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A Spiritual Escapist

Kristin LaFollette interviews
John Chang

 

Art editor Kristin LaFollette recently had this exchange with Issue #48 featured artist John Chang. Here’s what John had to say about the spiritual power of calligraphy, navigating American and Chinese culture through art, the importance of mentors, and more… 
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Art editor Kristin LaFollette recently had this exchange with Issue #48 featured artist John Chang. Here’s what John had to say about the spiritual power of calligraphy, navigating American and Chinese culture through art, the importance of mentors, and more.


This series, which is almost entirely in black and white, is called Snorkel Blue. How do you see the title reflected in the artwork?


The original ideal was from my collector who came up with “Snorkel Blue.” He previously collected one of my pieces, “Red Age,” and wanted me to use another color instead of red. The “Red Age” I created reminded me of the Cultural Revolution that erupted in the mid-1960s. It completely destroyed Chinese traditional culture. Mao Zedong dreamed of building up a socialist utopia designed by him. Throughout the Cultural Revolution, he crushed artists’ volition of design and creation. There would be recourse to newspapers, handbills, and posters using big characters (handwritten, wall-mounted posters using large-sized Chinese characters) as a means of protest, propaganda, and popular communication. So the red associated with war, danger, and power. It is emotionally connected to my personal background. So I came up with the blue color …

Red Age, John Chang


To build upon the last question, the work showcased on your website is exclusively in black and white. Snorkel Blue is mostly black and white, but also gently incorporates blue into the pieces. How does using black and white define you as an artist? Why bring blue into this particular series?


There are two reasons that I choose blue. One is that Pantone announced another year of blue, and secondly blue represents sky, sea, and is associated with open spaces, freedom, and peace. In “Red Age” I tried to capture the corner of the real world; in “Snorkel Blue” I focused on the current condition from a global level.  I was trained in Chinese ink painting and calligraphy when I was a child. Most of them are in black and white. Because black and white (for me) are not colors, it’s about life and death, day and night, negative and positive energy that we have to deal with in our everyday life. I think that the blue color achieves a new level of awareness – the higher consciousness that is also the goal of new life. The life we all dream with trust, sincerity, and heaven…

John Chang artwork



Your descriptions note that each work in this series uses newspaper as a material, although it’s not immediately clear where or how newspaper is incorporated. Can you talk a bit about your choice to use newspaper and how you utilize it in your work?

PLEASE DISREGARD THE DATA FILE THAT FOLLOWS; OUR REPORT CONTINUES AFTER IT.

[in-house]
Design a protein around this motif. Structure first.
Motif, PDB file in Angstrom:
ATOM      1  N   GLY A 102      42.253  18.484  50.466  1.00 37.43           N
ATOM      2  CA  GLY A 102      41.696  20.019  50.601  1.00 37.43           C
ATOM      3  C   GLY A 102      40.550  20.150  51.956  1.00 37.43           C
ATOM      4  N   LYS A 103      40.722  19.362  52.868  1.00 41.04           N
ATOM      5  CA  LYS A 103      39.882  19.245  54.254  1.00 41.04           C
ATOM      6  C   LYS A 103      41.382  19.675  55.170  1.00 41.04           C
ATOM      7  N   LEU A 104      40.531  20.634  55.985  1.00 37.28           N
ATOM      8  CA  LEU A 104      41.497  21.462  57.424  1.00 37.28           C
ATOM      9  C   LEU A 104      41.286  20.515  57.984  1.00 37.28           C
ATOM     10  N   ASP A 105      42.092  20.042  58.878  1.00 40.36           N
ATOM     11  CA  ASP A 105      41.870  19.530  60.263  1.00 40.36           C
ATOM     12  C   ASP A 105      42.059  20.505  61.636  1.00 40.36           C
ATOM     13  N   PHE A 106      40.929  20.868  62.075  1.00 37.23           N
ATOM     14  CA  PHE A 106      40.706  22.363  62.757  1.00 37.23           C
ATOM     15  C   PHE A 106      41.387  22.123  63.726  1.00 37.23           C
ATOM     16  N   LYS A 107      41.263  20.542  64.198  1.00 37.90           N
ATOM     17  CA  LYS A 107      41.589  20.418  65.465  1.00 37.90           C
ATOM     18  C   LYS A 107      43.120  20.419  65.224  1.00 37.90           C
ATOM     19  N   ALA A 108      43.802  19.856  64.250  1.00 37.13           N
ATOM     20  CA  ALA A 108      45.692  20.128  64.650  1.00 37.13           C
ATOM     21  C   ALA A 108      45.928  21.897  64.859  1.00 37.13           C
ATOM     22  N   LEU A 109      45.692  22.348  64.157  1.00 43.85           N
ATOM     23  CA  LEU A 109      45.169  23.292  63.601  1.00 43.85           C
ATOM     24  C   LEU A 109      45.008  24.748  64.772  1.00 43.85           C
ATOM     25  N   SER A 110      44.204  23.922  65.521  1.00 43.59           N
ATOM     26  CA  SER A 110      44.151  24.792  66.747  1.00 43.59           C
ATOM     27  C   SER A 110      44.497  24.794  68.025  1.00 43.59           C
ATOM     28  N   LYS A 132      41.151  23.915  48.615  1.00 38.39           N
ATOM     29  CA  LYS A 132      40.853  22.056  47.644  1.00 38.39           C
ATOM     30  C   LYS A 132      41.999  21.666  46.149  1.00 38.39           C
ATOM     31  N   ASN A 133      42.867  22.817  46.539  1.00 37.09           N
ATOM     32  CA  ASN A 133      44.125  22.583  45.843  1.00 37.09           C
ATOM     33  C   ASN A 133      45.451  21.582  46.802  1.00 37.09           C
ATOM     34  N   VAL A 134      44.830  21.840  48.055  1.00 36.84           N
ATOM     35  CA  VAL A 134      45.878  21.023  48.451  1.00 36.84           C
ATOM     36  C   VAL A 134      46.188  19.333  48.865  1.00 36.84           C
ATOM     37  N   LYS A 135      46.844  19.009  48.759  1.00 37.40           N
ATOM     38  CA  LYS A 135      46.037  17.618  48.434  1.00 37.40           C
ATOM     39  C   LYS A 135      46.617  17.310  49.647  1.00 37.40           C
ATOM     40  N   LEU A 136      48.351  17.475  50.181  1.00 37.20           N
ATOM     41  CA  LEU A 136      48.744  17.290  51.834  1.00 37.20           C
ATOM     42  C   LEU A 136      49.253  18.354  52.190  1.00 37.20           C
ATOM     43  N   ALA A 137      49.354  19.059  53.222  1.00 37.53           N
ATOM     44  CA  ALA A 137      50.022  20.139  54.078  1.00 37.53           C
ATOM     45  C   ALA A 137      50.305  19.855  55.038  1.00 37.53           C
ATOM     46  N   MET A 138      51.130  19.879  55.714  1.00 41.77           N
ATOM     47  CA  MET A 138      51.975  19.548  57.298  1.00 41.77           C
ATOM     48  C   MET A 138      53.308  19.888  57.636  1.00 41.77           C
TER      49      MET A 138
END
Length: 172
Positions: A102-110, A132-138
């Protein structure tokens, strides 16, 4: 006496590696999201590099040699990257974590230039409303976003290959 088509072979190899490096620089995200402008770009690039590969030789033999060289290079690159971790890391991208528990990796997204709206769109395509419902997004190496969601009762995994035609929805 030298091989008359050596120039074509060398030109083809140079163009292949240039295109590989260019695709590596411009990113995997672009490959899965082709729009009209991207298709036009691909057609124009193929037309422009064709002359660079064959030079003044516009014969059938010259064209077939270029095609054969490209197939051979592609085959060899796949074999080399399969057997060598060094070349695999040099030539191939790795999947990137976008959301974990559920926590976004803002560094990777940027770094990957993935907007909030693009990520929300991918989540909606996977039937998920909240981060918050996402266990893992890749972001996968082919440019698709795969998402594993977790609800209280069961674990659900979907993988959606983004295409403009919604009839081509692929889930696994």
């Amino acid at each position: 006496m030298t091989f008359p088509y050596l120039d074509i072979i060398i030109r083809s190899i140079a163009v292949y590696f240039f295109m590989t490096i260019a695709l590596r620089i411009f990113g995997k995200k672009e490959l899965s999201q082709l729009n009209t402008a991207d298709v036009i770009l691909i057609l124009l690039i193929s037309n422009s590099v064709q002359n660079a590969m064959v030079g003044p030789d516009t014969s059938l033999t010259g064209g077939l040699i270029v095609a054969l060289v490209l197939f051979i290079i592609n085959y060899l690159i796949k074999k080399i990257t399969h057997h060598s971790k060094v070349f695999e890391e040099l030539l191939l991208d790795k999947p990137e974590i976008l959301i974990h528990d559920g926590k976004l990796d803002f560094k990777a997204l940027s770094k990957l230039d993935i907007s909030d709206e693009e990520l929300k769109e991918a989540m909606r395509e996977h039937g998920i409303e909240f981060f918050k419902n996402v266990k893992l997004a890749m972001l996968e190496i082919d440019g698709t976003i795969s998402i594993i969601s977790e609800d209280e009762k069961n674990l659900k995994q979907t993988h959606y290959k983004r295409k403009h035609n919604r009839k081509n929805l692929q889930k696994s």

I collect newspaper in many languages. It’s information about cities, countries, and I cut them and I transfer the actual materials into pictorial language. I am referring to the word “language” in many ways. Chinese and English (my languages), hand writing and fine art, calligraphy and painting, and the process of “finding” versus creating one’s history day by day. Many languages do not create chaos in my life but richness. In it I was deconstructing and reconsidering the boundaries between the personal and the political, between ideas of what is “American” and what is “Chinese” and between high culture, low culture, and ancient culture. As I did this, I cut things out, brought them home, and painted the same four canvases over and over. The canvases are roughly the size and proportions as the outdoor billboards that I work on during the day, and of the propaganda posters that I saw as a boy in China. I have documented every day’s painting process, archived the photos, the newspapers, the post-production materials and the deconstruction of the Chinese characters. Because I am documenting my process, viewers will be able to observe the daily changes in the works.


Your artist statement and the poetic nature of it intrigue me. You say, “In [your] new works, people come and go; yet no one is seen. The migrators leave their shadows in the air and their marks on the sidewalks. Their words and echoes float through storms of sharp, black fragments flying in all directions.” What do you mean by this? How does this come through in your work? 


I was born and raised in Shanghai. By the 1980s, Deng Xiaoping initiated a more open-door policy, but I still had a deep desire to experience America and Western culture. Immigrating to Boston to study art in graduate school, I discovered a more complex society than I had imagined. Longing for a democratic system, I wasn’t prepared for the magnitude of consumption both promoted and practiced. The great chasm between communist China and capitalist America was quite a shock and heightened my awareness of self. Belonging to both worlds and to neither, I recognized the social construction of cultural codes and their impact on identity.